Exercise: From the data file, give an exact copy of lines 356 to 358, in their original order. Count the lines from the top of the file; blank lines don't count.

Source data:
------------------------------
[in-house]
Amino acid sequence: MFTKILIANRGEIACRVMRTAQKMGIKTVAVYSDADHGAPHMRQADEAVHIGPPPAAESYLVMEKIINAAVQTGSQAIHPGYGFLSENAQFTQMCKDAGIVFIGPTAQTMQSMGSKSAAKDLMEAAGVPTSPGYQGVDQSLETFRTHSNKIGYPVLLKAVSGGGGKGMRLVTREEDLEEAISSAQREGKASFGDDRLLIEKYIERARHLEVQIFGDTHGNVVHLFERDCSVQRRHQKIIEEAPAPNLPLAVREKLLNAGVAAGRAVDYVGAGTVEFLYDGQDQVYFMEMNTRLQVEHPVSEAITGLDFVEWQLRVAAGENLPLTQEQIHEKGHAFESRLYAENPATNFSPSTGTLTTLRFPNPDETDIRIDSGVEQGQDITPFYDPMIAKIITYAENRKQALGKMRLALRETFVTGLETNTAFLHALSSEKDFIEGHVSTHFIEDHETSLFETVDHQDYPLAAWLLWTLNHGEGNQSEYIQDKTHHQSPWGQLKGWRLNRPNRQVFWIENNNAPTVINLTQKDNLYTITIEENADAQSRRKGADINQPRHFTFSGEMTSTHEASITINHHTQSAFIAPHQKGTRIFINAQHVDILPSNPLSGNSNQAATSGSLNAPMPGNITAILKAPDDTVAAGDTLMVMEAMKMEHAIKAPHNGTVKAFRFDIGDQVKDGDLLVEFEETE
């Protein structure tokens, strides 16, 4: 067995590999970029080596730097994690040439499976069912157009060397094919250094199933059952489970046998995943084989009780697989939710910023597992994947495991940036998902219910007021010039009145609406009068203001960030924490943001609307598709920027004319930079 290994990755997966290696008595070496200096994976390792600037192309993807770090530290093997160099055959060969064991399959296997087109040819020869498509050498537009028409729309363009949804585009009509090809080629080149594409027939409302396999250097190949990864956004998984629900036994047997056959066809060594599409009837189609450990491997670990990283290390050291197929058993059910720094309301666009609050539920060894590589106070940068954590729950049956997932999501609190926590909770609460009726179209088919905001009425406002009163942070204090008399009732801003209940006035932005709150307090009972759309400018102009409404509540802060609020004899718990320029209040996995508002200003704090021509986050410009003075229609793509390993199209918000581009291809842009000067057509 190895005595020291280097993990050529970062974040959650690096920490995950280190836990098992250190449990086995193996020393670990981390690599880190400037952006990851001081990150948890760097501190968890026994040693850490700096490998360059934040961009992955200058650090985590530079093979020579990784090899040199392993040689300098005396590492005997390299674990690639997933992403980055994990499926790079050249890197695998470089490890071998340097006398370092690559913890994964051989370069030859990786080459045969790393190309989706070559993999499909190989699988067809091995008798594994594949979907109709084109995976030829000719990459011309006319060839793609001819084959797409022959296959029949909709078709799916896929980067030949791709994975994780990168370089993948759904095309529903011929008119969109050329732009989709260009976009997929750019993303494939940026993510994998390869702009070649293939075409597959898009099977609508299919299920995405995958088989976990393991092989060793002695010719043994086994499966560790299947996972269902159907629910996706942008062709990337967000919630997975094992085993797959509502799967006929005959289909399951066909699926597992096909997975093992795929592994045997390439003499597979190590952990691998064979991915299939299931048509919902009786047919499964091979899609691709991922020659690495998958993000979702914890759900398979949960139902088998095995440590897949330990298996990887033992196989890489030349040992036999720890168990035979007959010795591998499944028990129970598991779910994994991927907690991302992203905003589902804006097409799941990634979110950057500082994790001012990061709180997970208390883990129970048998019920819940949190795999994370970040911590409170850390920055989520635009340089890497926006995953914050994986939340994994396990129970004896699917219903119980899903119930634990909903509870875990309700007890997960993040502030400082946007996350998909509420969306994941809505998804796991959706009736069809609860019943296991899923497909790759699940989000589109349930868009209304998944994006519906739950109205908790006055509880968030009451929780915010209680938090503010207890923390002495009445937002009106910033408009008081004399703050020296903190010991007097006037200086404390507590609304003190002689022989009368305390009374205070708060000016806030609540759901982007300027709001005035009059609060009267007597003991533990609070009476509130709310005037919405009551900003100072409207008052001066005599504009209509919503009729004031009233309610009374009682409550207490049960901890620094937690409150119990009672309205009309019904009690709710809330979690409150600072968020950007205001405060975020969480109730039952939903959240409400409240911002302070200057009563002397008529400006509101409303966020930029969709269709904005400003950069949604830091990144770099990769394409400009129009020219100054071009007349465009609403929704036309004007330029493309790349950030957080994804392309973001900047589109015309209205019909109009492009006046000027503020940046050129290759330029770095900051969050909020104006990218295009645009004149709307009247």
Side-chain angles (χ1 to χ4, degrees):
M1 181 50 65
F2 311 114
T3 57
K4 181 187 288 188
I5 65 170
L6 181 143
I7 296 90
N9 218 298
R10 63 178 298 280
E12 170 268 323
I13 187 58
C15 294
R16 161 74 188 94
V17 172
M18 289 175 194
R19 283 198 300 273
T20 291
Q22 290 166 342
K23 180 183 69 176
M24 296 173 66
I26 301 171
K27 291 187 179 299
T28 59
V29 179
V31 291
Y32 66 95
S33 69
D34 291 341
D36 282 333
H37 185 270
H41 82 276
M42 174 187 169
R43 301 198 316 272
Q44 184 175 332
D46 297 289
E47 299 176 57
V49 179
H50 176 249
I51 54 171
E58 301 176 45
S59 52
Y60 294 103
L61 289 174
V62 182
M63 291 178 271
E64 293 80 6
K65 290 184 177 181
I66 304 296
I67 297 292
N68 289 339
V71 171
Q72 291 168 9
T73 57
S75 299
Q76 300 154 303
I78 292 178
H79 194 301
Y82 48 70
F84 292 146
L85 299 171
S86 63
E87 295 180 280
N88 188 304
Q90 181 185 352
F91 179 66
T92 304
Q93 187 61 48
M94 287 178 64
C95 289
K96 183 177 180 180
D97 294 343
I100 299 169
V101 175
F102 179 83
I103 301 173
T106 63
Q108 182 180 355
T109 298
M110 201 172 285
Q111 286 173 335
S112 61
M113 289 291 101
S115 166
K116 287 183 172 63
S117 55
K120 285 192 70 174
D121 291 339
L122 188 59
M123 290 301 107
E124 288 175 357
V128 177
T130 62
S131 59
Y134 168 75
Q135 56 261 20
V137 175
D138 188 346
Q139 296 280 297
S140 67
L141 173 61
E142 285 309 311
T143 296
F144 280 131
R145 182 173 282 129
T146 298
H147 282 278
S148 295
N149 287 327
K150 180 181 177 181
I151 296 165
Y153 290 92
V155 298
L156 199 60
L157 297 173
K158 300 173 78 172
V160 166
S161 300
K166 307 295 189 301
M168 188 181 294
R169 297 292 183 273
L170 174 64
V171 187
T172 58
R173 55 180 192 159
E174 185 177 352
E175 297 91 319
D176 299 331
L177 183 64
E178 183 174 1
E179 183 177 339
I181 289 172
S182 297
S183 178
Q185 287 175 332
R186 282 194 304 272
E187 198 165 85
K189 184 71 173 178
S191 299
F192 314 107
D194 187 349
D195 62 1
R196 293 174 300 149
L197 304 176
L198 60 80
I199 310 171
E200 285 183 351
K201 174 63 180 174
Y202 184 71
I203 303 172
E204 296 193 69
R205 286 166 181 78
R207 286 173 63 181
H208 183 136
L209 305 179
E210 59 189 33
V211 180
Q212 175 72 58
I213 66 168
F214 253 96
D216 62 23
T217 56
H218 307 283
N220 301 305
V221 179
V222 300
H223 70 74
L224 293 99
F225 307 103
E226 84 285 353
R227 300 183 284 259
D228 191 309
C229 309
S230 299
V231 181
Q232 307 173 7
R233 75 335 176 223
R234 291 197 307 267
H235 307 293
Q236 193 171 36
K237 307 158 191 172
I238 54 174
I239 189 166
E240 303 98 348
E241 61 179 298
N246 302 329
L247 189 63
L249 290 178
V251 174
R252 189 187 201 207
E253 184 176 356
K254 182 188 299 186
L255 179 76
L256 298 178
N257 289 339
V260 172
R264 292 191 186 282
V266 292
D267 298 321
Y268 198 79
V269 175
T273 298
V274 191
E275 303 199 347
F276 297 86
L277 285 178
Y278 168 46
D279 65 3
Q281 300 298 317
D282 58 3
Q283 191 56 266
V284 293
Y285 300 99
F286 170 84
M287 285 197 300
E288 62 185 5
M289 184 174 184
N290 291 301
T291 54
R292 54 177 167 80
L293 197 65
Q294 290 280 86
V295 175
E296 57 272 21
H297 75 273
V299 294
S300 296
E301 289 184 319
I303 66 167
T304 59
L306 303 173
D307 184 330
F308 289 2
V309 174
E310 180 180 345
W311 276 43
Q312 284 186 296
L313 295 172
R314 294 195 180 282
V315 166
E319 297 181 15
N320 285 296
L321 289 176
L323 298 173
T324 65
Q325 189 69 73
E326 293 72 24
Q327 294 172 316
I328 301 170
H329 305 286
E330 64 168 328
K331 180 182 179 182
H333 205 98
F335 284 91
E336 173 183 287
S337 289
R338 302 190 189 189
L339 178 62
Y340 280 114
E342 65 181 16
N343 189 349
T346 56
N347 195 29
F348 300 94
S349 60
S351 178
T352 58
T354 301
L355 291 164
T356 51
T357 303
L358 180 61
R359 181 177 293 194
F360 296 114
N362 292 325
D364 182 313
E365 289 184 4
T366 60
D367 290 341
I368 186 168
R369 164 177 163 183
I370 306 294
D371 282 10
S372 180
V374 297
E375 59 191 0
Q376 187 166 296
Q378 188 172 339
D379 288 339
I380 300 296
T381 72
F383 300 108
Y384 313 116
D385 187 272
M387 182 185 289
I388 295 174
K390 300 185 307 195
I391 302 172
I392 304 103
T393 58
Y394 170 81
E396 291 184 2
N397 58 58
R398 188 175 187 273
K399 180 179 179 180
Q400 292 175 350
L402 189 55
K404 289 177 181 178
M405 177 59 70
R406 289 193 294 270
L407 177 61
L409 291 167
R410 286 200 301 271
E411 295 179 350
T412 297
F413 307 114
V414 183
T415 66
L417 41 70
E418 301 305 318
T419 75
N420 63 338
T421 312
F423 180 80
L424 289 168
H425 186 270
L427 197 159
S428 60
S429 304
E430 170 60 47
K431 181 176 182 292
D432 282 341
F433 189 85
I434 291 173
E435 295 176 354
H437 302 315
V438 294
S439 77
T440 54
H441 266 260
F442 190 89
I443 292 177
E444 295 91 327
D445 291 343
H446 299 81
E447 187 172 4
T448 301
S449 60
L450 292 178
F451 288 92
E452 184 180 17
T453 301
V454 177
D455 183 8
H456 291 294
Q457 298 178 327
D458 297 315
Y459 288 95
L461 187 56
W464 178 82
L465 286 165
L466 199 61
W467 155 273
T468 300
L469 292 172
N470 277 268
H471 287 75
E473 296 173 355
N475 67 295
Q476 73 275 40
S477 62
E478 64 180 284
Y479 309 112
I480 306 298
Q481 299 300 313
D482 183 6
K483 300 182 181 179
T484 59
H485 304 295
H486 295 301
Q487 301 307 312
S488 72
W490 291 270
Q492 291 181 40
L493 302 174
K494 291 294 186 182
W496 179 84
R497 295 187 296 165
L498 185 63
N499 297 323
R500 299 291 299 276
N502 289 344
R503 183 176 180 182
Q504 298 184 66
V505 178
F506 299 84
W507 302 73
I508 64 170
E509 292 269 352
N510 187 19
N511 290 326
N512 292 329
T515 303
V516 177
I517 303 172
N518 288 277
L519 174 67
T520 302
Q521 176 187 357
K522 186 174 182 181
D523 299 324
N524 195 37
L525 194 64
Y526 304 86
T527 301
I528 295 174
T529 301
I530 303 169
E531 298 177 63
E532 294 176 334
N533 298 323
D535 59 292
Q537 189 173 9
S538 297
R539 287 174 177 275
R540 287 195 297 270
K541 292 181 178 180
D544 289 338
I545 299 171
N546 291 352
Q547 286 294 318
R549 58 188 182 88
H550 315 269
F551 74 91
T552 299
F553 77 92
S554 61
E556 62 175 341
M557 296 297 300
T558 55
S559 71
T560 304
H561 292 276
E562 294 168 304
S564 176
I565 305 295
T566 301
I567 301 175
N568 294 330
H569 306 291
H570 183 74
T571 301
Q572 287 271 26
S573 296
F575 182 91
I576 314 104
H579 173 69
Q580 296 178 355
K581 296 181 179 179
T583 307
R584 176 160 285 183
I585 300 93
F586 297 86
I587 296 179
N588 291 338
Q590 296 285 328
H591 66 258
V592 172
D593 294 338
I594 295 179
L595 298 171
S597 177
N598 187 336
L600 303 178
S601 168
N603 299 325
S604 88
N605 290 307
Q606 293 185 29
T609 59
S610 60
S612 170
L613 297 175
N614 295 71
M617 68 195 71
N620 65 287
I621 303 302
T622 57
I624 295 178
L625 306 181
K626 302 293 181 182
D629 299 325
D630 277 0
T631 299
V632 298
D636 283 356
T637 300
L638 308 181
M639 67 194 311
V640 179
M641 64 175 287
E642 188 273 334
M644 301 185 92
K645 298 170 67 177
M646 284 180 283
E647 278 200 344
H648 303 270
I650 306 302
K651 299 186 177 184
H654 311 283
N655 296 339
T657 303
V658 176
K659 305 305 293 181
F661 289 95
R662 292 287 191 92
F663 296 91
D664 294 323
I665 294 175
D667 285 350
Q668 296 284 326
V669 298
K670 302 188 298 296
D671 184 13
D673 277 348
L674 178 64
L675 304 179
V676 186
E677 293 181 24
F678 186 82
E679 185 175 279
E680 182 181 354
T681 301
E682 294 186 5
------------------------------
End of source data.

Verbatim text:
V454 177
D455 183 8
H456 291 294